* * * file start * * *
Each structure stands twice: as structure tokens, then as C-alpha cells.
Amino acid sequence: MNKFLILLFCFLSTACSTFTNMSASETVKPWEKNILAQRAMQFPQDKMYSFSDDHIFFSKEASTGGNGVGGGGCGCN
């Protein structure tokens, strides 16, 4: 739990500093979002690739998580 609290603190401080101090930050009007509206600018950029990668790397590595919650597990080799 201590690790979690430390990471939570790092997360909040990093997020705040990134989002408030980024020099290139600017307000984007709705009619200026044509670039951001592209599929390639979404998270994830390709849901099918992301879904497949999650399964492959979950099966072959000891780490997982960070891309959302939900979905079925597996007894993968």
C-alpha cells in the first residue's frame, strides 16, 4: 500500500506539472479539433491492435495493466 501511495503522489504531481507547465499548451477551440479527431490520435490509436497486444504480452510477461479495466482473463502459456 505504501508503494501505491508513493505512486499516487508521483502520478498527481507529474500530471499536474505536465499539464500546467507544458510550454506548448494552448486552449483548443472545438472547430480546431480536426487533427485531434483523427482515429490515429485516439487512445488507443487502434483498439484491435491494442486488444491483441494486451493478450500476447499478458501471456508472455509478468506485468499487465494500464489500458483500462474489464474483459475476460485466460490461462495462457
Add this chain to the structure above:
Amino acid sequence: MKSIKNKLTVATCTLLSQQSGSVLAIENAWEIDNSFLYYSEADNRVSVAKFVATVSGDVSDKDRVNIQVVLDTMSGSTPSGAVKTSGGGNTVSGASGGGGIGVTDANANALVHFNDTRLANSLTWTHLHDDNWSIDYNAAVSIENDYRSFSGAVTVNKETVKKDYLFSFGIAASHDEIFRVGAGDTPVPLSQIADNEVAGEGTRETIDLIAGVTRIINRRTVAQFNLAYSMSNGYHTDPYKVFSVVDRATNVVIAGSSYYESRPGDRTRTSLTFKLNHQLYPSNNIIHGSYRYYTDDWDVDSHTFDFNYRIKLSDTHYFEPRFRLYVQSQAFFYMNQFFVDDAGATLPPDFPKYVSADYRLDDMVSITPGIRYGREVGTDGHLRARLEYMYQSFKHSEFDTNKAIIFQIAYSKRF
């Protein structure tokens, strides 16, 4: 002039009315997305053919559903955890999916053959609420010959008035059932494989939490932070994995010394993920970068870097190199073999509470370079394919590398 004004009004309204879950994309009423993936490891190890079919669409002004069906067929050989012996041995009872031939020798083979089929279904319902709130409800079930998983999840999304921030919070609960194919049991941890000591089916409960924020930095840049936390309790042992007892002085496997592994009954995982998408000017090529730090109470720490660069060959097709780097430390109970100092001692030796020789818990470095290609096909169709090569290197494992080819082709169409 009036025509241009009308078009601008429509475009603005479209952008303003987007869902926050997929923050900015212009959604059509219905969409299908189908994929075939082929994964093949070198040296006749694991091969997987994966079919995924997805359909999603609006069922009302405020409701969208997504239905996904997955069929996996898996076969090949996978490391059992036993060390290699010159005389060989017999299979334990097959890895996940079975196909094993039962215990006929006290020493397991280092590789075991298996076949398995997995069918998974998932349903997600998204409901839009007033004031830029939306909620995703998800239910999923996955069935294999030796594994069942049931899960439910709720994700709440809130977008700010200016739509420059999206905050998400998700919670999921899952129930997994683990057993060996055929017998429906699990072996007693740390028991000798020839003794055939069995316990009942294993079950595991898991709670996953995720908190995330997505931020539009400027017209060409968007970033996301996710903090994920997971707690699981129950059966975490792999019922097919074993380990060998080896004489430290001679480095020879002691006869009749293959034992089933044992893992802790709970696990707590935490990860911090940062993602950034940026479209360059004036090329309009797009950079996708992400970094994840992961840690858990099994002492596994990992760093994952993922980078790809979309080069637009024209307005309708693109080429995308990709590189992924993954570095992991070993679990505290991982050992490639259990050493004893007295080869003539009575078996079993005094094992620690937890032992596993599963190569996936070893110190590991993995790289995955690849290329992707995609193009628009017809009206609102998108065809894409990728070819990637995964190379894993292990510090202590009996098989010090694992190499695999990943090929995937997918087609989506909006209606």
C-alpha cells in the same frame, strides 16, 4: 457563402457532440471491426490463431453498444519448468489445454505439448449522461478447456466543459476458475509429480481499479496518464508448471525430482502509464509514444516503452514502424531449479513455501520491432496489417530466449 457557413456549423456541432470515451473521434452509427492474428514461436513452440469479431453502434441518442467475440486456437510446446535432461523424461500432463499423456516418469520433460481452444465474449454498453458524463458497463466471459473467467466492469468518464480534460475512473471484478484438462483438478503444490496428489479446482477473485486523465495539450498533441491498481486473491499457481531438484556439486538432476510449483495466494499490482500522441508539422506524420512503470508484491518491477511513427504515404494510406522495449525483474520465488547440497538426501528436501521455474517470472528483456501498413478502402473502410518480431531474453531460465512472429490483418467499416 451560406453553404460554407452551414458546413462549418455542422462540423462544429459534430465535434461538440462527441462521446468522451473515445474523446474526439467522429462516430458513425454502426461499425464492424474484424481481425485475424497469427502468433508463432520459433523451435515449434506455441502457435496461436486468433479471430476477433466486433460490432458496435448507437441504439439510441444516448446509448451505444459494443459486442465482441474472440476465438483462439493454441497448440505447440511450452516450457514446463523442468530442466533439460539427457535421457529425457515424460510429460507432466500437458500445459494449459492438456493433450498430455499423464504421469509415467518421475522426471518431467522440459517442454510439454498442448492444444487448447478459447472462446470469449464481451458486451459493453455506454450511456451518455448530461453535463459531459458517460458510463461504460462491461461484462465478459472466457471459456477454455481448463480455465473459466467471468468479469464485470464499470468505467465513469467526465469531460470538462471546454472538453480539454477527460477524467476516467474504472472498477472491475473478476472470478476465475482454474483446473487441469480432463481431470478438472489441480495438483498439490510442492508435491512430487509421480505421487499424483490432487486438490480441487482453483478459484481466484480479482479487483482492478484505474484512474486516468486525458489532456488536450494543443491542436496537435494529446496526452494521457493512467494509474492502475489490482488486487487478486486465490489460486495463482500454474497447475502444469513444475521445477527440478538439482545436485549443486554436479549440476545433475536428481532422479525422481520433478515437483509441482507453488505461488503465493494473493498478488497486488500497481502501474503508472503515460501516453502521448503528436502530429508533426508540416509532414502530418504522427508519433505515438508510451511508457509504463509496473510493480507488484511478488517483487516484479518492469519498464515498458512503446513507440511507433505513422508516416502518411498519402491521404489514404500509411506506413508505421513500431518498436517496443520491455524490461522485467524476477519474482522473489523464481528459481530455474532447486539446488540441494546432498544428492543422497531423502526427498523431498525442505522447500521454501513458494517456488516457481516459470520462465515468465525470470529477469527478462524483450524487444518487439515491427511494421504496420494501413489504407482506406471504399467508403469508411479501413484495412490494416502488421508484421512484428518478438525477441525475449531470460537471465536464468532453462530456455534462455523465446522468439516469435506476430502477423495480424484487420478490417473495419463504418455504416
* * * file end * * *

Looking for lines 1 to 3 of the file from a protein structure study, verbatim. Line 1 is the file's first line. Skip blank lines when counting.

Each structure stands twice: as structure tokens, then as C-alpha cells.
Amino acid sequence: MNKFLILLFCFLSTACSTFTNMSASETVKPWEKNILAQRAMQFPQDKMYSFSDDHIFFSKEASTGGNGVGGGGCGCN
């Protein structure tokens, strides 16, 4: 739990500093979002690739998580 609290603190401080101090930050009007509206600018950029990668790397590595919650597990080799 201590690790979690430390990471939570790092997360909040990093997020705040990134989002408030980024020099290139600017307000984007709705009619200026044509670039951001592209599929390639979404998270994830390709849901099918992301879904497949999650399964492959979950099966072959000891780490997982960070891309959302939900979905079925597996007894993968």